It’s Pastapalooza!


Well, we love pasta here (any shape, any sauce, any day), so it’s really always pastapalooza here, but seeing as I was asked to invent a recipe for a contest  by Dreamfields Pasta, in their #Pastapalooza competition, the heat is on, as it were.

Now this is no ordinary competition (although do think Chopped only at home, without having to be filmed, thank goodness). Dreamfields is using this fun and creative initiative to make a difference. Five bloggers will create and share a new recipe using the same ingredients and Dreamfields will make donations to local food pantries (to be named by the competing bloggers) which is nothing short of fantastic. The winning blogger’s recipe will reap a donation of $1000 to their local food pantry.

As I’m sure you know, there are many, many families that are food insecure and the numbers only rise in the summer months, so this is an especially important and timely initiative right now. Read more about ways you can help on Dreamfield’s blog.

There are so many great organizations working to stop hunger, it was difficult to choose, but I went with my local food pantry,

the Newton Food Pantry.





And I also want to give a shout out to the following wonderful organizations, so go check them out, too.

Boston Medical Center Preventive Food Pantry

Greater Boston Food Bank

Lovin’ Spoonfuls





So the challenge? Incorporate pasta, cumin or Za’atar or Harissa, garlic, legumes, chutney and citrus. I have to say, the chutney gave me pause. Luckily I remembered seeing some gorgeous tomato chutney at the market last week and, in the serendipitous way that things sometimes happen, met the owner of this lovely company, The Backyard Food Company, at Getting Gorgeous this past week and they have a terrific, not-too-be-missed tomato jam. It would be great in this dish, because it’s great on a spoon.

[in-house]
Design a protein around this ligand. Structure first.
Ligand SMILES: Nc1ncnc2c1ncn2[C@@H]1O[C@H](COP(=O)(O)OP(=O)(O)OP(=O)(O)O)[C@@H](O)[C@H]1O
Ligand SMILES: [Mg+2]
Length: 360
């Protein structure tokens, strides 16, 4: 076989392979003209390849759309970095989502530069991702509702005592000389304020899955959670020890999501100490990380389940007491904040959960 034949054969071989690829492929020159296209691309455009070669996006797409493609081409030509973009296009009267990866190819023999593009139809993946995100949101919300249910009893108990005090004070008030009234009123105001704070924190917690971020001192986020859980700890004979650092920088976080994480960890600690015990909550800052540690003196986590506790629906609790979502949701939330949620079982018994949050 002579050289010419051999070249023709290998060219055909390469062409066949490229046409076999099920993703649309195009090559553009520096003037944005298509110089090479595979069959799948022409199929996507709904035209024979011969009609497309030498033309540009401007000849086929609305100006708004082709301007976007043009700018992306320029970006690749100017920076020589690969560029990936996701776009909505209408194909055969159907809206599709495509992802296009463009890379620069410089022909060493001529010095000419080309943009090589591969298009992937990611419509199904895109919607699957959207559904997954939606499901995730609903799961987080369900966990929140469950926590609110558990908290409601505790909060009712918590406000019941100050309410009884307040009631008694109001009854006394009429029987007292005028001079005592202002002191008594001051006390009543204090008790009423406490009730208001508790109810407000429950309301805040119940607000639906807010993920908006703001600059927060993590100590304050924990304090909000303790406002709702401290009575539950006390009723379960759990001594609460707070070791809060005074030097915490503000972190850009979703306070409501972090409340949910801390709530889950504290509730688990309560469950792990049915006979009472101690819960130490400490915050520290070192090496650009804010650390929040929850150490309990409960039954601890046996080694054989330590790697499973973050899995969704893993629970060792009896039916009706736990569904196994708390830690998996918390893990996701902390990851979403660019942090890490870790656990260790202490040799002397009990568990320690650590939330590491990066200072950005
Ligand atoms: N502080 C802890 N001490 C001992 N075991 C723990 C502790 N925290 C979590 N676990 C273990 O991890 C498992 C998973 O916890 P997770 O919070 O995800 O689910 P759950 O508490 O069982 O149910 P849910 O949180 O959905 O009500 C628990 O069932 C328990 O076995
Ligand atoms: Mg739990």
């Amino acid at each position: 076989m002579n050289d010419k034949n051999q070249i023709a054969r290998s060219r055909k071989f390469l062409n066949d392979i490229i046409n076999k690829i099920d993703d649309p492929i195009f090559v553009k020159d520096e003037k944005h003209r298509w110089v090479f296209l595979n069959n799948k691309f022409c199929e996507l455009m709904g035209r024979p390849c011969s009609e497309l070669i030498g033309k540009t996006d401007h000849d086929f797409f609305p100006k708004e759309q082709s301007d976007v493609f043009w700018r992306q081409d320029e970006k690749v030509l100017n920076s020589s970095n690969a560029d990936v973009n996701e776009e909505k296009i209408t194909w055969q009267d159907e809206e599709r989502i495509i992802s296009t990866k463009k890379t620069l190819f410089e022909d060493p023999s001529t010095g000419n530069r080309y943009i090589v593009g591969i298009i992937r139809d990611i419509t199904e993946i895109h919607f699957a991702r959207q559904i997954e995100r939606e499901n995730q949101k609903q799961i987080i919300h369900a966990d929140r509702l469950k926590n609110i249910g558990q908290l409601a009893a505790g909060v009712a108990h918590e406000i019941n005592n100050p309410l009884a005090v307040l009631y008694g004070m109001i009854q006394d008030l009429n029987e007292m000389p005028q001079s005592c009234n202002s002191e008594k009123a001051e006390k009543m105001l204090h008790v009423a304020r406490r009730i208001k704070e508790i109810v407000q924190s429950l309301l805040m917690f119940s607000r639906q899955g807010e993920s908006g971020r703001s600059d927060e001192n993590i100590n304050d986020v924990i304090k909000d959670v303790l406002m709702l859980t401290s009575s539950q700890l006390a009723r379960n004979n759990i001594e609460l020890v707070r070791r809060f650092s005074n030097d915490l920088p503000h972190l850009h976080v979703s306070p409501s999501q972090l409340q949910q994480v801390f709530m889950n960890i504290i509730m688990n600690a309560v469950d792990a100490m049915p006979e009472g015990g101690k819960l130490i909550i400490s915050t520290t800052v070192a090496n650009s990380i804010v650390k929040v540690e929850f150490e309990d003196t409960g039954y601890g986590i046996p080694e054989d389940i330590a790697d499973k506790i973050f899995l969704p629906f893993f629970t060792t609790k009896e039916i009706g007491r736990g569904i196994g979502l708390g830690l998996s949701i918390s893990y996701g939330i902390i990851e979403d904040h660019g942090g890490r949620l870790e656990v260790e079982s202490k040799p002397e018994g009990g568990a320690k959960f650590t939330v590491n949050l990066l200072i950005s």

Here is my (winning?) recipe:

(photo credit to my daughter)


Preparation Time: 20 minutes

Cook Time: 8 minutes

1/2 box Dreamfields Elbows
1/4 cup olive oil
1 tablespoon lemon juice
1 tablespoon white wine vinegar
4 tablespoons tomato chutney or tomato jam
1 teaspoon ground cumin
1 clove garlic, minced
2 cans (15 ounces each) chickpeas, rinsed and drained
3 medium-size ripe tomatoes, diced (see note)
3 Persian cucumbers, diced
Chopped parsley (optional)

Cook pasta according to package directions. Place pasta in large bowl; set aside. Meanwhile, in medium bowl, whisk together olive oil, lemon juice, vinegar, chutney, cumin and garlic; set dressing aside.

Add chickpeas, tomatoes and cucumbers to pasta; toss to combine well. At serving time, add dressing; toss to coat. Season with salt and pepper, as desired. Garnish with parsley, if desired.

Makes 4 servings.

Note: 1 1/2 cups diced grape or cherry tomatoes can be substituted for regular tomatoes.

Nutrition information (1/4 of recipe): 580 calories; 20 g protein; 89 g carbohydrates;

19 g total fat; 2 g saturated fat; 0 mg cholesterol; 340 mg sodium; 17 g total dietary fiber.

This is a great side salad – add a protein or feta cheese to bump it up a little.

Go vote for this fantastic recipe here. Just by voting you could win a family pack of Dreamfields pasta and a $1,000 donation to your local food bank, too. And there are plenty of places that could put that donation to good use (see my suggested list above).